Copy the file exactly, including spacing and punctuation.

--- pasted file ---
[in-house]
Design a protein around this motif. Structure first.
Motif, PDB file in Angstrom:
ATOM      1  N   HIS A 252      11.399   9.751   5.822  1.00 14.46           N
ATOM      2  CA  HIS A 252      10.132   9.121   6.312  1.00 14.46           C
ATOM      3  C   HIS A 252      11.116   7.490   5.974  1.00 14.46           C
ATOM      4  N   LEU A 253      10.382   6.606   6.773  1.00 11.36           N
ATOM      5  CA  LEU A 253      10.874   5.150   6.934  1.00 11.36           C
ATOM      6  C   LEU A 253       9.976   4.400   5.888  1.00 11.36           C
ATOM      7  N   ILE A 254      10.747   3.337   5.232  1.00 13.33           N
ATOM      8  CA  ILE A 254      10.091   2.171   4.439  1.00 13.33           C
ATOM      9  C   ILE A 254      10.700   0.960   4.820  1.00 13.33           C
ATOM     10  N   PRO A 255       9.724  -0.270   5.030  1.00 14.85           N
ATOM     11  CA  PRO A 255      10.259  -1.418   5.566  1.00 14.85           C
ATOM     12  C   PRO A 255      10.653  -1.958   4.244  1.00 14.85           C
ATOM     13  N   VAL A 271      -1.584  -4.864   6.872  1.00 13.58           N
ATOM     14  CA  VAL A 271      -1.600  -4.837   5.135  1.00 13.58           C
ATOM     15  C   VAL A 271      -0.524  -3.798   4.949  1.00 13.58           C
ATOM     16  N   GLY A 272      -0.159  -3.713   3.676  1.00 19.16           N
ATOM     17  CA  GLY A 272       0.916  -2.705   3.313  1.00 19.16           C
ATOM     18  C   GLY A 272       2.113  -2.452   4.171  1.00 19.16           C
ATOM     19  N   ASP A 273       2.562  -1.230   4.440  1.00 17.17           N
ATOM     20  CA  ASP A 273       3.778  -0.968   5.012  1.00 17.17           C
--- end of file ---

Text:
[in-house]
Design a protein around this motif. Structure first.
Motif, PDB file in Angstrom:
ATOM      1  N   HIS A 252      11.399   9.751   5.822  1.00 14.46           N
ATOM      2  CA  HIS A 252      10.132   9.121   6.312  1.00 14.46           C
ATOM      3  C   HIS A 252      11.116   7.490   5.974  1.00 14.46           C
ATOM      4  N   LEU A 253      10.382   6.606   6.773  1.00 11.36           N
ATOM      5  CA  LEU A 253      10.874   5.150   6.934  1.00 11.36           C
ATOM      6  C   LEU A 253       9.976   4.400   5.888  1.00 11.36           C
ATOM      7  N   ILE A 254      10.747   3.337   5.232  1.00 13.33           N
ATOM      8  CA  ILE A 254      10.091   2.171   4.439  1.00 13.33           C
ATOM      9  C   ILE A 254      10.700   0.960   4.820  1.00 13.33           C
ATOM     10  N   PRO A 255       9.724  -0.270   5.030  1.00 14.85           N
ATOM     11  CA  PRO A 255      10.259  -1.418   5.566  1.00 14.85           C
ATOM     12  C   PRO A 255      10.653  -1.958   4.244  1.00 14.85           C
ATOM     13  N   VAL A 271      -1.584  -4.864   6.872  1.00 13.58           N
ATOM     14  CA  VAL A 271      -1.600  -4.837   5.135  1.00 13.58           C
ATOM     15  C   VAL A 271      -0.524  -3.798   4.949  1.00 13.58           C
ATOM     16  N   GLY A 272      -0.159  -3.713   3.676  1.00 19.16           N
ATOM     17  CA  GLY A 272       0.916  -2.705   3.313  1.00 19.16           C
ATOM     18  C   GLY A 272       2.113  -2.452   4.171  1.00 19.16           C
ATOM     19  N   ASP A 273       2.562  -1.230   4.440  1.00 17.17           N
ATOM     20  CA  ASP A 273       3.778  -0.968   5.012  1.00 17.17           C